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A decade of locating missing persons, Project Lifesaver lauded with 26 successful uses

Victim Services Wellington has lauded Project Lifesaver with the successful rescue of 26 people since its launch in Wellington County in 2011
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Liz Kent, executive director of Victim Services Wellington, holds a Project Lifesaver bracelet used to help keep track of people who might put themselves in danger by wandering. Tony Saxon/GuelphToday

For the last decade, Project Lifesaver has made life safer for people with Alzheimer’s and dementia across Wellington County with a perfect record of locating those who have wandered.

Launched in 2011, the program has seen over 200 clients in the region sign up, been deployed 26 times and successfully located all the individuals associated with the program, with an average locate time of 30 minutes.

Liz Kent, executive director of Victim Services Wellington, said the program has no downsides due to the low cost, accessibility and life-saving availabilities. 

“I’ve sat with families who have had loved ones missing, and if I never have to do that again that would be okay with me,” said Kent. “It’s horrible when you have someone you love and you don’t know where they are and if they’re safe.”

Referencing a search around 2008, Kent described a search and rescue mission for an elderly gentleman that went on for 22 hours and came with a price tag of roughly half a million dollars.

Kent said that with Project Lifesaver those types of expenditures and the critical time to locate the missing individual have been drastically reduced.

Using radiofrequency, the bracelets are not intrusive and allow for police to locate the individuals more accurately than cellular technology because a radio frequency is reliable in all areas.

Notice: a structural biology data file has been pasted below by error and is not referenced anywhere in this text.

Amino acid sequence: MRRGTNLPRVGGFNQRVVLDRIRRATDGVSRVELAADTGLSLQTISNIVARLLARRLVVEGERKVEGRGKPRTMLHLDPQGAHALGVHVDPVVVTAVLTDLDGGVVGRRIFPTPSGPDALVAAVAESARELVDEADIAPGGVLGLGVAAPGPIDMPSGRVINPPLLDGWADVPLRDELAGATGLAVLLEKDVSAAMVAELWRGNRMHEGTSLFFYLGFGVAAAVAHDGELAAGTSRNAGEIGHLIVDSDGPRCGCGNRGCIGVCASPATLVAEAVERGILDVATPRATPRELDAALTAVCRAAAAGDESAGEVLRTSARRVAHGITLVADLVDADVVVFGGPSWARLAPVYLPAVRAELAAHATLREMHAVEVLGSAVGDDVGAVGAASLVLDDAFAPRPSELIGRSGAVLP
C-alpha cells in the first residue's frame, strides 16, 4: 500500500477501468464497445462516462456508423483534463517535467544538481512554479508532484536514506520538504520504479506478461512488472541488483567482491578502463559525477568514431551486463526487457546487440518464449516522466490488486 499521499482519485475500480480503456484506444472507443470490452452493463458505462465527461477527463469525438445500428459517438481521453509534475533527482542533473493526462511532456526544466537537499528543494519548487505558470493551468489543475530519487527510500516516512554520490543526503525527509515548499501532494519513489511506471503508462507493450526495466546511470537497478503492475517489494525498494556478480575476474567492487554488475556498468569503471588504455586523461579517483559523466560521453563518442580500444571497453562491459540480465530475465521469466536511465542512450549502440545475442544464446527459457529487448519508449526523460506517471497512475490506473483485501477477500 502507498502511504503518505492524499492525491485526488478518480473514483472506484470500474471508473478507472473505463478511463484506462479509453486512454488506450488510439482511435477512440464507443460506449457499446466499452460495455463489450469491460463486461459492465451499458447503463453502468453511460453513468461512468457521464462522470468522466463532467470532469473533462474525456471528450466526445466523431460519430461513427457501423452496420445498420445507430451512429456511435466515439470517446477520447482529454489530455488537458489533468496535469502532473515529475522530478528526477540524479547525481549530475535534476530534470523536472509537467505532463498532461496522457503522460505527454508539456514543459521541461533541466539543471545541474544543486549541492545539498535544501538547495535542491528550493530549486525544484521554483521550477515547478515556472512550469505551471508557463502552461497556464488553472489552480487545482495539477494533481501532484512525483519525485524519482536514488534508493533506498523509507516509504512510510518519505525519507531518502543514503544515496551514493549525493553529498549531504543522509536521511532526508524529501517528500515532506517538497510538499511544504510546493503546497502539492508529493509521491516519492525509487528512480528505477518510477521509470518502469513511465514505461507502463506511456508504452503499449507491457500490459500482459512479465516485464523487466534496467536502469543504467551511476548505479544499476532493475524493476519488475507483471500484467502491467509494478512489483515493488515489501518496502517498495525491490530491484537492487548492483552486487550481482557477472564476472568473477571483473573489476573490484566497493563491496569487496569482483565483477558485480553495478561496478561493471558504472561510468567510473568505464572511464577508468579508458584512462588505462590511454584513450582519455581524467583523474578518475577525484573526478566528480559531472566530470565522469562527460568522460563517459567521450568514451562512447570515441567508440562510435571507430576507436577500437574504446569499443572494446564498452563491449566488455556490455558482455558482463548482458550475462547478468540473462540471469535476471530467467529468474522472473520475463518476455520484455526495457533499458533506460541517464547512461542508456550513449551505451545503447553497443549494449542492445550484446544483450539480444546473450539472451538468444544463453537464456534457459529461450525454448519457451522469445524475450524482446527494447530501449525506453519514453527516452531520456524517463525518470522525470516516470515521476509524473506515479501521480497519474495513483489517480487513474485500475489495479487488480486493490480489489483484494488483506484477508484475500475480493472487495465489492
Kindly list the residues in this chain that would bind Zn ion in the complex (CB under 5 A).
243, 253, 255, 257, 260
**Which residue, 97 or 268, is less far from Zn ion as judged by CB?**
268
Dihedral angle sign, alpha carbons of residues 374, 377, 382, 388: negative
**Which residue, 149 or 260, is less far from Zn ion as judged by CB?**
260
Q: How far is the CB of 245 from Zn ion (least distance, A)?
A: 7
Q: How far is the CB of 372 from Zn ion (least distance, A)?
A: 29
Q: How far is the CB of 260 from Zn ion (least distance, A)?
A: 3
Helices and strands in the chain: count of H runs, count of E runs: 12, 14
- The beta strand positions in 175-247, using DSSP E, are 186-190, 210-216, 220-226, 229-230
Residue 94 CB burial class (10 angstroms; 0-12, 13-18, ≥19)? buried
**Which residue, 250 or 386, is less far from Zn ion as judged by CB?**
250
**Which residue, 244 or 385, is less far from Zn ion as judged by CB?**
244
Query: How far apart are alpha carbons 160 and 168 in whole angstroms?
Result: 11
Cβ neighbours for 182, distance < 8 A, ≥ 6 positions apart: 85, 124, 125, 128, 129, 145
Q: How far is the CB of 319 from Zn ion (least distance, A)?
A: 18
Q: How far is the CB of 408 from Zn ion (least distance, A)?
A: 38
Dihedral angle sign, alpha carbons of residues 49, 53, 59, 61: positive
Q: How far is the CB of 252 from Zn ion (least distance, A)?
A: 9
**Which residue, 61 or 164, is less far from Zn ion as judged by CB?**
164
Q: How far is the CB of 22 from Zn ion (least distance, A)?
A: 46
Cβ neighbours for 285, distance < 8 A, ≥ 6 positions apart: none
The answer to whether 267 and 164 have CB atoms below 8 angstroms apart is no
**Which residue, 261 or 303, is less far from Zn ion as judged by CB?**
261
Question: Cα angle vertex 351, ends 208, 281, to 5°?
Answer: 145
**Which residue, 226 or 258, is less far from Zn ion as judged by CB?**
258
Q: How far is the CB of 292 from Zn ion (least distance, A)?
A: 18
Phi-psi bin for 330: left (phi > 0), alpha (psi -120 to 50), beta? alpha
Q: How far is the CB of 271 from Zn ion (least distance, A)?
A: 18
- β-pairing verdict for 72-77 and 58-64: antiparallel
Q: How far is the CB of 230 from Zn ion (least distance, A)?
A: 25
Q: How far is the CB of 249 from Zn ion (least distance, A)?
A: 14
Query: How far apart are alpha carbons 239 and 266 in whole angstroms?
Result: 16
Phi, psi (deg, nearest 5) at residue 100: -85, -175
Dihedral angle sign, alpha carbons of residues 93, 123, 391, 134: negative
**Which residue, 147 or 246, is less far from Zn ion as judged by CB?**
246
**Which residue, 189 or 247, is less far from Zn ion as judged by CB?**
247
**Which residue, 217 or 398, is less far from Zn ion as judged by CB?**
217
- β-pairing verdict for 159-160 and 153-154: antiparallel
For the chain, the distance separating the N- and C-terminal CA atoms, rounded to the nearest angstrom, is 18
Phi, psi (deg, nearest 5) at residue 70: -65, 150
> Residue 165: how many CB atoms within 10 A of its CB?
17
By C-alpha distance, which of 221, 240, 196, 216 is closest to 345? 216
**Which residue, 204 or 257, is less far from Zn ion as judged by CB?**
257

“There is no downside, the caregivers are given peace of mind that the loved ones are wearing a piece of equipment that will locate them faster if they go missing, the police are saving money because they are not spending hours and hours searching for someone, it speeds up the process of finding someone." 

The savings also extend to hospitals ad the missing persons are able to be located so much quicker, the need for medical attention due to exposure to elements and dehydration is drastically reduced.

All this comes with the price tag of $400 to lease the transmitter and an additional yearly cost of $60 to swap out the batteries.

If the price point seems a bit steep, Kent said the Lion’s Club in the Rockwood area has aided in covering the cost.

“We have not said 'no' to anyone who couldn't afford it, we have always provided the transmitter to people, even if they couldn't afford it,” said Kent. 

As a bonus, the transmitter will be replaced free of charge should it break.

Using the 10 years of knowledge, Victim Services Wellington has extended their capabilities into an education role for other municipalities that are looking to implement the service.

“One of the really neat things is we have been able to help other jurisdictions and get them to implement it,” said Kent. “Halton Regional Police came to us and researched the program we did because they had a woman who had gone missing and before they found her she was deceased, so they saw the program and wanted to do something.”

Another municipality Victim Services Wellington has aided, among others, is Barrie.

More information can be found by calling Victim Services Wellington at 519-824-1212 ext. 7205.